# How to write a MWEB (Minimal working example with Bibliography)?

Someone asks me to write a MWEB.

How can I produce such thing?

## Explanation of the question's purpose:

This question aims to complete the very useful other question "I've just been asked to write a minimal example, what is that?" for the cases concerning bibliography files.

I see a lot of MWE which call a .bib file. In most cases, the content of this bibliography file is pasted inside a separated code block (when the .bib is not forgotten...). This (bad) practice creates a loss of time. Indeed, the reader have to copy and create two different files to test the code. The filecontents package fixes this issue. Therefore, in my opinion, the use of filecontents should be generalized to all MWE calling a bibtex file.

I created this question to be able to refer to it when someone forget to add the .bib file to his example or when the question is about bib* and there is no MWE at all. Of course, this question aims to be community wiki. Please improve by all means the answer I will post below.

• Since this applies to both BibTeX and biblatex, maybe it should be called something like "minimal working example with bibliography"? May 10 '14 at 14:18
• @Sverre Good point! And I will also remove in my answer any mention of bibtex file to avoid the possible misunderstanding.
– ppr
May 10 '14 at 15:13
• Though I think this is a useful question, I've never heard the expression MWEB used before. Do we not have enough obscure acronyms already? May 11 '14 at 11:46
• @PaulStanley I introduced this expression. Instead of asking people to upload/paste their .bib files (they often forget to do it), we can now ask them to write a MWEB (and, luckily, they will do it using in only one file by using filecontents. When you just ask for the .bib, you will have the bib separated from the .tex... MWEB is here to mean "I want both in the same file".
– ppr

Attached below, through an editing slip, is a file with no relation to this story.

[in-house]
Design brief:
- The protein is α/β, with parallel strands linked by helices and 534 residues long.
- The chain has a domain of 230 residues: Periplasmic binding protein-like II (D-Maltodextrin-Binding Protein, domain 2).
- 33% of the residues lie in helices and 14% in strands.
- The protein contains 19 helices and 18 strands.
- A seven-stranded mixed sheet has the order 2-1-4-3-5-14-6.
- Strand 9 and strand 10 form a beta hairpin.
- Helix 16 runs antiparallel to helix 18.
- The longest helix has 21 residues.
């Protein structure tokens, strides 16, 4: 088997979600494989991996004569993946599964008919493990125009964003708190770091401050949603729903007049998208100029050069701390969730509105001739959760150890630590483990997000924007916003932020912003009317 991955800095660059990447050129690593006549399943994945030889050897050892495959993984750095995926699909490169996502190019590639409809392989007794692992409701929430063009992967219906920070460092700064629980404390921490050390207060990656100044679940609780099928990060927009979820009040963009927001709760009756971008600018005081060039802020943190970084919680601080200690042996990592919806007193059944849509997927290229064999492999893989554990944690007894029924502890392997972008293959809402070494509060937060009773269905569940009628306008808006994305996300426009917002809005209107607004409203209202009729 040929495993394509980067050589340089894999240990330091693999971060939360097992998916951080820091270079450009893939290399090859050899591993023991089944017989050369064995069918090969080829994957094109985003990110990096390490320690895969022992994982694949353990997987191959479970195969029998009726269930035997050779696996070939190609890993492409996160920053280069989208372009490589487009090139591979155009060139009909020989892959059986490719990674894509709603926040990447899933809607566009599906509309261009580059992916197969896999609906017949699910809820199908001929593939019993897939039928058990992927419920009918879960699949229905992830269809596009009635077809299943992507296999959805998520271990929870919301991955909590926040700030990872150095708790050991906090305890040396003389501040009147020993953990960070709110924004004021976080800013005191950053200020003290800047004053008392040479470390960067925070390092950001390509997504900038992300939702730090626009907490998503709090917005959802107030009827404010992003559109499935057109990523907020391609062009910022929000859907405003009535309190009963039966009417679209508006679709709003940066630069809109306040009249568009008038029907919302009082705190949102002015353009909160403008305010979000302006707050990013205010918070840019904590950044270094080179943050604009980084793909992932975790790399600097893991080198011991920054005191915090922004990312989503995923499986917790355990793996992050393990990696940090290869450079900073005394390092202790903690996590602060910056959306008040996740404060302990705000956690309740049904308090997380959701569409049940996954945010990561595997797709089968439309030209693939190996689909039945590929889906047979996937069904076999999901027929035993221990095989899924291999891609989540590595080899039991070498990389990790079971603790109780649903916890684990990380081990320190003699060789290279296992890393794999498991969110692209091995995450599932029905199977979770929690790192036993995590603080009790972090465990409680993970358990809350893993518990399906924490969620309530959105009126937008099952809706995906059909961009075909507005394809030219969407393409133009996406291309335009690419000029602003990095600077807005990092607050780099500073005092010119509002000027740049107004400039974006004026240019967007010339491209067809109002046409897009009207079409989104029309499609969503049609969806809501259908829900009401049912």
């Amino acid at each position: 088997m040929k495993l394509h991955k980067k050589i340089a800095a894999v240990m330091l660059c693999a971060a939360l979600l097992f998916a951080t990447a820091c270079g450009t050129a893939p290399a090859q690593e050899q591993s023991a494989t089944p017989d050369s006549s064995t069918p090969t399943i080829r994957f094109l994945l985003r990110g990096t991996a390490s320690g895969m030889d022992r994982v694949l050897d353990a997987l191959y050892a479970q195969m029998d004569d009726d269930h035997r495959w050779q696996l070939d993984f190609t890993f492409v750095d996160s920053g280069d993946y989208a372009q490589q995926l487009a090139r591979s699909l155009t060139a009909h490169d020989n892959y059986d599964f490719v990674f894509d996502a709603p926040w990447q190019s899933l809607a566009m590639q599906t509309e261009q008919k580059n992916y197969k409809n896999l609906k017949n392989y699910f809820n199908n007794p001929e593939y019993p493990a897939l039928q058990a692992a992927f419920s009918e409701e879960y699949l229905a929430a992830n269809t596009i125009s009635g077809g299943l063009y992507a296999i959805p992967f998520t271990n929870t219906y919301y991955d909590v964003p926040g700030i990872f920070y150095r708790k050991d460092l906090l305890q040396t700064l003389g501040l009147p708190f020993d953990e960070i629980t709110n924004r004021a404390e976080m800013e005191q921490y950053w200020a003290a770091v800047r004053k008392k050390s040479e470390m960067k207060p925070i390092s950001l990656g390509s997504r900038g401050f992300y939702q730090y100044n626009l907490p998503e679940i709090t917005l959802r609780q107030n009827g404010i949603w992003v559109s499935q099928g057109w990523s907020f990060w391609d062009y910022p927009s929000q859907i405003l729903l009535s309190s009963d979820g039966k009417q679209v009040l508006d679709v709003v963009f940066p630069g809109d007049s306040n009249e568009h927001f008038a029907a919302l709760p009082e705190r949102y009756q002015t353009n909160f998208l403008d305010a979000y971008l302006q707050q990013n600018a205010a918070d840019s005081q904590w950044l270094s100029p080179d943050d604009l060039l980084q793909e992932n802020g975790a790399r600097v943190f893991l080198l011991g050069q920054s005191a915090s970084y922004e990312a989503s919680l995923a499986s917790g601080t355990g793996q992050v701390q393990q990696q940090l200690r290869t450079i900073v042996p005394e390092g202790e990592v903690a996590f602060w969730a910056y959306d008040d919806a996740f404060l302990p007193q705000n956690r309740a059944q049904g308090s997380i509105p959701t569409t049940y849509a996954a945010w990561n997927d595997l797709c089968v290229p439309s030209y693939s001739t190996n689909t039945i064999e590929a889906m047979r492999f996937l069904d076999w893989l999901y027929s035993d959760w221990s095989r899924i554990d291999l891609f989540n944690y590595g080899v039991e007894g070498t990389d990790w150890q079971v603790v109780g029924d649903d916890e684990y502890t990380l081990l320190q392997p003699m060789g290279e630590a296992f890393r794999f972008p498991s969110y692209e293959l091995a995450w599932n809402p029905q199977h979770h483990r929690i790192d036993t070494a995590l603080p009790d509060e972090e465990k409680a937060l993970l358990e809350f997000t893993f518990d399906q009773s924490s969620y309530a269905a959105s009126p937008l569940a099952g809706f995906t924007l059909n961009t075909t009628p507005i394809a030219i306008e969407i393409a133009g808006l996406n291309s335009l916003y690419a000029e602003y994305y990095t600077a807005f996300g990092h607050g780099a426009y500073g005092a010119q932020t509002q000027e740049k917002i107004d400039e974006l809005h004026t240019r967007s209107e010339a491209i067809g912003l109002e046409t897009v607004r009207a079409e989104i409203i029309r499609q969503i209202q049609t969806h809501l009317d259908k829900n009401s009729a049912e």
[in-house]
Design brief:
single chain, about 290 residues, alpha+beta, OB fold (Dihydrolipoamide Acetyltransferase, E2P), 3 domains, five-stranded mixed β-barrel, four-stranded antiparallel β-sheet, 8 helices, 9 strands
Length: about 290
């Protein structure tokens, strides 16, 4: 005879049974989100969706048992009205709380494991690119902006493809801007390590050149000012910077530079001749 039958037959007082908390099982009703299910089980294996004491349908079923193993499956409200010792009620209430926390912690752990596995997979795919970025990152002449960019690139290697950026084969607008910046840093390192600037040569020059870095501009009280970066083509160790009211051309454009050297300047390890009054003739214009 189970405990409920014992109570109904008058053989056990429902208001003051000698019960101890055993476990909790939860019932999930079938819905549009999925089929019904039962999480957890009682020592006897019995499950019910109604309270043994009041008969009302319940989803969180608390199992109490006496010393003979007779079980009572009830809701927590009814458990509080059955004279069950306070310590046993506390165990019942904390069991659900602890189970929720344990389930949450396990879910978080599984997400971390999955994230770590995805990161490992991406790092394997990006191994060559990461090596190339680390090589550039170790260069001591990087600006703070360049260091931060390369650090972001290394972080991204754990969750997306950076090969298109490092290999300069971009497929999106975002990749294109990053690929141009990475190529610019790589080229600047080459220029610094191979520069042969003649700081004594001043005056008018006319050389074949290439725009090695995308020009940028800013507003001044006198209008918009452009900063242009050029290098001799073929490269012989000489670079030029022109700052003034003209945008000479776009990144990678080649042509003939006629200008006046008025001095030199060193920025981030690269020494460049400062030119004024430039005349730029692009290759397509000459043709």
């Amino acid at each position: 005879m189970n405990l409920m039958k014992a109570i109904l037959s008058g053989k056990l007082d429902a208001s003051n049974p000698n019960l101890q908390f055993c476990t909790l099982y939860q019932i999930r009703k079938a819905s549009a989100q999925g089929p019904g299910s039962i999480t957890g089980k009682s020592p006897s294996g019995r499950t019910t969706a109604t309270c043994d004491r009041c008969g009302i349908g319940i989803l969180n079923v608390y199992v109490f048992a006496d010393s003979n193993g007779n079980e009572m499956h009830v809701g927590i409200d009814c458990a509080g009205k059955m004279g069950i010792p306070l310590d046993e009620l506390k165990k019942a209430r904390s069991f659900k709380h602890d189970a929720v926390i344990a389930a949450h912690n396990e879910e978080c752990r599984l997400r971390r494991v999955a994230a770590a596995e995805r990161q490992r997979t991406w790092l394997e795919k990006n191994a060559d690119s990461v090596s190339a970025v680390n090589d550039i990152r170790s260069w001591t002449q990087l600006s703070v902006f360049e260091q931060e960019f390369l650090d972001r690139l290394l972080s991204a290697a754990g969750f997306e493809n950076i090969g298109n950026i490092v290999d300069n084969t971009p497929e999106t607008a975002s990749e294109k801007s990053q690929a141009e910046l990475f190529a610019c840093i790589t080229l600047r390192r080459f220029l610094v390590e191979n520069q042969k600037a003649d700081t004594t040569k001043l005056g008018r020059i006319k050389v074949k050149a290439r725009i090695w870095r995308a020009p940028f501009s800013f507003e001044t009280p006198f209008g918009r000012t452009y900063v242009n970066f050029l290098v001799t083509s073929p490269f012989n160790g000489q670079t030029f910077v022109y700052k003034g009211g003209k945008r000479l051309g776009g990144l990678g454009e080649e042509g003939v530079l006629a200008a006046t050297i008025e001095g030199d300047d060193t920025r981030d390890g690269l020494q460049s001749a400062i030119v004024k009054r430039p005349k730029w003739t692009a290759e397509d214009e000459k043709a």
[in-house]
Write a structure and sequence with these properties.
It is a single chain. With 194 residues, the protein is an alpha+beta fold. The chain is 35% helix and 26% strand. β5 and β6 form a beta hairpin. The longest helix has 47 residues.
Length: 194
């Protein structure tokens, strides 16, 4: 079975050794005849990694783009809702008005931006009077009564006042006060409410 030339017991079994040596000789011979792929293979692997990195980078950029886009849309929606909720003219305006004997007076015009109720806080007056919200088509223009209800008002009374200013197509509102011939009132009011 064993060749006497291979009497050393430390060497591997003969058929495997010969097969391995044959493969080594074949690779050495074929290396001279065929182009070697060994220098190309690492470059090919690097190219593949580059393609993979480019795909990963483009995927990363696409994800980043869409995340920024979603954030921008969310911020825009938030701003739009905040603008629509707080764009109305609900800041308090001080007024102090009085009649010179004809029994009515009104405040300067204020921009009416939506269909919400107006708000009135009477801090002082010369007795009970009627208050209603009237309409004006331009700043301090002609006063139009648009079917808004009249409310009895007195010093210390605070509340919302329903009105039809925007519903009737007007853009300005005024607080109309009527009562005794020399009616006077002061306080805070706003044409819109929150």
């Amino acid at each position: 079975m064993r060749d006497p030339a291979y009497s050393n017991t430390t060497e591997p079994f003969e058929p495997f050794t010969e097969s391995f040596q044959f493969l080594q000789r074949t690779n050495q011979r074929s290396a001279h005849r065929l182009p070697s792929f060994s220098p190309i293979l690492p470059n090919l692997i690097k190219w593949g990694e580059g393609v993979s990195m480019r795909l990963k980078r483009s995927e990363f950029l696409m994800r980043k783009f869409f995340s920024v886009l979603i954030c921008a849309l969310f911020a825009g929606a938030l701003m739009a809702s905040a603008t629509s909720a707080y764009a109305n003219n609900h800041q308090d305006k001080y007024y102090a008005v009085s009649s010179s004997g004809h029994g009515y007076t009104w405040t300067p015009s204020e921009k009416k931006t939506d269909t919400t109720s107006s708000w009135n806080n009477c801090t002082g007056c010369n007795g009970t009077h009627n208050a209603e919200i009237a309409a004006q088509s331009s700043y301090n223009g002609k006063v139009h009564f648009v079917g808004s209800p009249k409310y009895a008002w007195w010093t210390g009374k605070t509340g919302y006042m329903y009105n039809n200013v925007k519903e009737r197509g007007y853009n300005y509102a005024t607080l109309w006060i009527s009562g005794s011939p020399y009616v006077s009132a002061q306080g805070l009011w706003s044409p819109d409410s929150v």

May 11 '14 at 12:35
• @PaulStanley I don't have the feeling we have a lot of acronyms in TeX.SE. We have MWE but I couldn't find another one right now.
– ppr
May 11 '14 at 12:40
• This bibliography tutorial by andy-roberts provides good start for beginners with bib.tex and sample.bib to test pdflatex bibtex pdflatex pdflatex sequence and automation tools(latexmk,arara), BTW good meta Q on MWEB :) May 12 '14 at 2:26
• Fwiw, there’s a mini-bib-MWE in my answer to the MWE question meta.tex.stackexchange.com/a/3225/4012 under “Bibliography Files”, but it might be worthwhile having a separate question. However, I agree with @Paul about not needing another acronym to confuse unexperienced users, who are probably struggling enough with all the *TeX* words they’re confronted with. Sep 20 '14 at 8:36
• @doncherry I created this question/answer just to be able to refer to it when helping someone. I prefer to say "could you give me a MWEB ?" than other things. But if you think there are too many acronyms, don't use this one! Using it or not is a personal matter and I don't ask the community to approve it.
– ppr
Sep 20 '14 at 18:15
• MWEB also has the potential to be confused with both the web and web2c. I agree with @doncherry and Paul Stanley.
– cfr
Sep 21 '14 at 16:15
• Side note: this does not work with the current standard MikTex environment. tex.stackexchange.com/questions/416818/… Feb 23 '18 at 10:56

A MWEB is a MWE (Minimal Working Example) which include a bibliography file (.bib). MWEB stands for "Minimal Working Example with Bibliography".

The bibliography file contains your bibliographical references. If your question is about Bibtex/Biber/Natbib/Biblatex/..., this file may contain valuable information useful to answer it.

You should use the filecontents environment in order to produce only one file which contains both your latex document and your bibliography file. This file should be copy-and-pasted inside a code block. Having only one file allows us to copy and paste the example to test it in a single action.

# Example of MWEB (for BibLaTeX):

\documentclass{article}
\usepackage[style=authoryear-comp]{biblatex}

\begin{filecontents}{\jobname.bib}
@book{key,
author = {Author, A.},
year = {2001},
title = {Title},
publisher = {Publisher},
}
\end{filecontents}

\begin{document}

\cite{key}

\printbibliography

\end{document}


# Example of MWEB (for BibTeX):

\documentclass{article}

\begin{filecontents}{\jobname.bib}
@book{key,
author = {Author, A.},
year = {2001},
title = {Title},
publisher = {Publisher},
}
\end{filecontents}

\begin{document}

\cite{key}

\bibliographystyle{plain}
\bibliography{\jobname}

\end{document}


Some important points:

1. By default the filecontents environment does not overwrite existing files. This minimises the risk of data loss, but can be annoying while you create your MWEB, because new entries in the .bib file don't show up.

• If you are using a new version of LaTeX you can use \begin{filecontents}[force]{\jobname.bib} instead of \begin{filecontents}{\jobname.bib} to allow filecontents to overwrite an existing \jobname.bib file.
• If you are using an older version of LaTeX, load \usepackage{filecontents} to allow overwriting of files.

In any case, double check before you run LaTeX that this won't overwrite important files. It is always a good precaution to work in a new, empty test directory.